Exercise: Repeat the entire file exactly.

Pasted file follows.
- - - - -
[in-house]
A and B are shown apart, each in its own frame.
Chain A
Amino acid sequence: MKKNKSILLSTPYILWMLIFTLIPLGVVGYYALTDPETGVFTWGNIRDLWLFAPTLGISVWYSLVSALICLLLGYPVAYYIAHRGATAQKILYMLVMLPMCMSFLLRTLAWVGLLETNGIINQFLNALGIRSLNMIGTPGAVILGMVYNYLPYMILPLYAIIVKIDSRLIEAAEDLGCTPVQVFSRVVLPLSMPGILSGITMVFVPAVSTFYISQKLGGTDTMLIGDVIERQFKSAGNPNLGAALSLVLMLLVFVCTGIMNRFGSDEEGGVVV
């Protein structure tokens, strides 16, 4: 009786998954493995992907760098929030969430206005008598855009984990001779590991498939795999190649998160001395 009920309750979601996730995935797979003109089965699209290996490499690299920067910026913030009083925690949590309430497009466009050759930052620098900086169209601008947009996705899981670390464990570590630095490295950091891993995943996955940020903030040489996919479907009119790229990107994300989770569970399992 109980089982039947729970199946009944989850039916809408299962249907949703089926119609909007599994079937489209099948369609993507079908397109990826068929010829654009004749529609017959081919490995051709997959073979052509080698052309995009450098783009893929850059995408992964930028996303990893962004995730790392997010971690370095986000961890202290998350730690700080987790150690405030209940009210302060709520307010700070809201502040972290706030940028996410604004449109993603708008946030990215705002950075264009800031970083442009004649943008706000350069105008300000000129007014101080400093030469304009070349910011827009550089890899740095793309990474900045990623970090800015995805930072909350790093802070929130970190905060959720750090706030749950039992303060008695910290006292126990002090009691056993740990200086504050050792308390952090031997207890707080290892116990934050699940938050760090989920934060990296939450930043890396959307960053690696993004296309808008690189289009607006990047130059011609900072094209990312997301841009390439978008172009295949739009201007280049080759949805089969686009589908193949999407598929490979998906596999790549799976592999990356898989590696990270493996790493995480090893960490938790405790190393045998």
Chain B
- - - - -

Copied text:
[in-house]
A and B are shown apart, each in its own frame.
Chain A
Amino acid sequence: MKKNKSILLSTPYILWMLIFTLIPLGVVGYYALTDPETGVFTWGNIRDLWLFAPTLGISVWYSLVSALICLLLGYPVAYYIAHRGATAQKILYMLVMLPMCMSFLLRTLAWVGLLETNGIINQFLNALGIRSLNMIGTPGAVILGMVYNYLPYMILPLYAIIVKIDSRLIEAAEDLGCTPVQVFSRVVLPLSMPGILSGITMVFVPAVSTFYISQKLGGTDTMLIGDVIERQFKSAGNPNLGAALSLVLMLLVFVCTGIMNRFGSDEEGGVVV
């Protein structure tokens, strides 16, 4: 009786998954493995992907760098929030969430206005008598855009984990001779590991498939795999190649998160001395 009920309750979601996730995935797979003109089965699209290996490499690299920067910026913030009083925690949590309430497009466009050759930052620098900086169209601008947009996705899981670390464990570590630095490295950091891993995943996955940020903030040489996919479907009119790229990107994300989770569970399992 109980089982039947729970199946009944989850039916809408299962249907949703089926119609909007599994079937489209099948369609993507079908397109990826068929010829654009004749529609017959081919490995051709997959073979052509080698052309995009450098783009893929850059995408992964930028996303990893962004995730790392997010971690370095986000961890202290998350730690700080987790150690405030209940009210302060709520307010700070809201502040972290706030940028996410604004449109993603708008946030990215705002950075264009800031970083442009004649943008706000350069105008300000000129007014101080400093030469304009070349910011827009550089890899740095793309990474900045990623970090800015995805930072909350790093802070929130970190905060959720750090706030749950039992303060008695910290006292126990002090009691056993740990200086504050050792308390952090031997207890707080290892116990934050699940938050760090989920934060990296939450930043890396959307960053690696993004296309808008690189289009607006990047130059011609900072094209990312997301841009390439978008172009295949739009201007280049080759949805089969686009589908193949999407598929490979998906596999790549799976592999990356898989590696990270493996790493995480090893960490938790405790190393045998």
Chain B